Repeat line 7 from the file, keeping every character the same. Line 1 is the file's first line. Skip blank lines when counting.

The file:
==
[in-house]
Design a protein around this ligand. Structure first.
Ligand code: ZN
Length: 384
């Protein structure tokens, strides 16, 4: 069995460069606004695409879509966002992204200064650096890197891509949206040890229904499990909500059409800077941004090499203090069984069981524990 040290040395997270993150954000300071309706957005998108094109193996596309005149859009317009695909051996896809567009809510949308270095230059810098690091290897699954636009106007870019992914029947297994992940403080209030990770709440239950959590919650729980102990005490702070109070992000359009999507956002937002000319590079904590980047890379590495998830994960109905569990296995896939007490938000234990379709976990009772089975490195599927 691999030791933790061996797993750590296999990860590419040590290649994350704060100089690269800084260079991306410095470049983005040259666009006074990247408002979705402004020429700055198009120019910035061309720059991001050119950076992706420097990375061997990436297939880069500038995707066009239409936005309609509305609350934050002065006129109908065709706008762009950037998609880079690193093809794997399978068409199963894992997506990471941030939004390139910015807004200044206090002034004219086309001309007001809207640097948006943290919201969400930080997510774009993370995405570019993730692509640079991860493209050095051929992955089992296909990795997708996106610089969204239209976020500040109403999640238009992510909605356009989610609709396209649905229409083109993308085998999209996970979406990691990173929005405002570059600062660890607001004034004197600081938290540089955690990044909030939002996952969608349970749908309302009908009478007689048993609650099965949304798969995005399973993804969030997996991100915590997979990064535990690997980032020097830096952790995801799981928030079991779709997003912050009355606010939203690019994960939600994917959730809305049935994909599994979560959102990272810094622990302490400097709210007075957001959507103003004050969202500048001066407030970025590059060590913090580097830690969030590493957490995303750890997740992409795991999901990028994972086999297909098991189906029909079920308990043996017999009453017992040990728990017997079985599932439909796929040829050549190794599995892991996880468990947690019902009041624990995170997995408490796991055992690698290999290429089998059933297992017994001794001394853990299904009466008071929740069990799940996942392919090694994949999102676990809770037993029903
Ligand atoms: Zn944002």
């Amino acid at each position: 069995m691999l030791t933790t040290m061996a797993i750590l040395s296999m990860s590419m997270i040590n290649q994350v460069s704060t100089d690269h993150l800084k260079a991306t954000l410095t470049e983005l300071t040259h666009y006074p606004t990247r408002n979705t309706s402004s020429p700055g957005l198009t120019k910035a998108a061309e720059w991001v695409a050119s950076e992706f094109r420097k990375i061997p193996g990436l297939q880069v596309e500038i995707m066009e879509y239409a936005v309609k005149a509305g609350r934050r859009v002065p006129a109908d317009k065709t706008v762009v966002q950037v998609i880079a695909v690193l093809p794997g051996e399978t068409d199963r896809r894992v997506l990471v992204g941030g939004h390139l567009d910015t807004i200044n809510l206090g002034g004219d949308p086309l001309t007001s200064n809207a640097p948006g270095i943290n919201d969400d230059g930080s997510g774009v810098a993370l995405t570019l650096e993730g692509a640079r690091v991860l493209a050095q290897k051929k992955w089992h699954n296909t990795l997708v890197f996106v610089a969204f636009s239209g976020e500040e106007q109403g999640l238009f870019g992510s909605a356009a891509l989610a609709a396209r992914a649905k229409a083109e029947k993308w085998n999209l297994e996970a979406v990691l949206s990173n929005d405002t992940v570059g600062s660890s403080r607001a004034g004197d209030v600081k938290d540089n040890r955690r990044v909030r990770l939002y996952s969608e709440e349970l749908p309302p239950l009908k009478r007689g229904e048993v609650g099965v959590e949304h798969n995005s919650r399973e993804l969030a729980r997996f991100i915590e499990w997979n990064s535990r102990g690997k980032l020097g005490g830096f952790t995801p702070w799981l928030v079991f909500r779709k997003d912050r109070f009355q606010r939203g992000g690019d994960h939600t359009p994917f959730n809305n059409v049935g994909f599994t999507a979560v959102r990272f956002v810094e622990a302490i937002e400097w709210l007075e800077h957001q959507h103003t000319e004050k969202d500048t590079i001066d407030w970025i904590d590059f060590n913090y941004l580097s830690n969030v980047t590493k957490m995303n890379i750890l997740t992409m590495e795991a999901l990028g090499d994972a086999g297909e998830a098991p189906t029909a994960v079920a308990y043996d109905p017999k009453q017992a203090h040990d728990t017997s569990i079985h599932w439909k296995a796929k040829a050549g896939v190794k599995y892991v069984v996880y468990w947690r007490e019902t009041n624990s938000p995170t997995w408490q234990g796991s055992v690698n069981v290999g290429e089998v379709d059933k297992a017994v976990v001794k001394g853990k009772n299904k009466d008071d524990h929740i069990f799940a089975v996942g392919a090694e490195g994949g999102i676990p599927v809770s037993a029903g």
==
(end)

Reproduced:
């Amino acid at each position: 069995m691999l030791t933790t040290m061996a797993i750590l040395s296999m990860s590419m997270i040590n290649q994350v460069s704060t100089d690269h993150l800084k260079a991306t954000l410095t470049e983005l300071t040259h666009y006074p606004t990247r408002n979705t309706s402004s020429p700055g957005l198009t120019k910035a998108a061309e720059w991001v695409a050119s950076e992706f094109r420097k990375i061997p193996g990436l297939q880069v596309e500038i995707m066009e879509y239409a936005v309609k005149a509305g609350r934050r859009v002065p006129a109908d317009k065709t706008v762009v966002q950037v998609i880079a695909v690193l093809p794997g051996e399978t068409d199963r896809r894992v997506l990471v992204g941030g939004h390139l567009d910015t807004i200044n809510l206090g002034g004219d949308p086309l001309t007001s200064n809207a640097p948006g270095i943290n919201d969400d230059g930080s997510g774009v810098a993370l995405t570019l650096e993730g692509a640079r690091v991860l493209a050095q290897k051929k992955w089992h699954n296909t990795l997708v890197f996106v610089a969204f636009s239209g976020e500040e106007q109403g999640l238009f870019g992510s909605a356009a891509l989610a609709a396209r992914a649905k229409a083109e029947k993308w085998n999209l297994e996970a979406v990691l949206s990173n929005d405002t992940v570059g600062s660890s403080r607001a004034g004197d209030v600081k938290d540089n040890r955690r990044v909030r990770l939002y996952s969608e709440e349970l749908p309302p239950l009908k009478r007689g229904e048993v609650g099965v959590e949304h798969n995005s919650r399973e993804l969030a729980r997996f991100i915590e499990w997979n990064s535990r102990g690997k980032l020097g005490g830096f952790t995801p702070w799981l928030v079991f909500r779709k997003d912050r109070f009355q606010r939203g992000g690019d994960h939600t359009p994917f959730n809305n059409v049935g994909f599994t999507a979560v959102r990272f956002v810094e622990a302490i937002e400097w709210l007075e800077h957001q959507h103003t000319e004050k969202d500048t590079i001066d407030w970025i904590d590059f060590n913090y941004l580097s830690n969030v980047t590493k957490m995303n890379i750890l997740t992409m590495e795991a999901l990028g090499d994972a086999g297909e998830a098991p189906t029909a994960v079920a308990y043996d109905p017999k009453q017992a203090h040990d728990t017997s569990i079985h599932w439909k296995a796929k040829a050549g896939v190794k599995y892991v069984v996880y468990w947690r007490e019902t009041n624990s938000p995170t997995w408490q234990g796991s055992v690698n069981v290999g290429e089998v379709d059933k297992a017994v976990v001794k001394g853990k009772n299904k009466d008071d524990h929740i069990f799940a089975v996942g392919a090694e490195g994949g999102i676990p599927v809770s037993a029903g």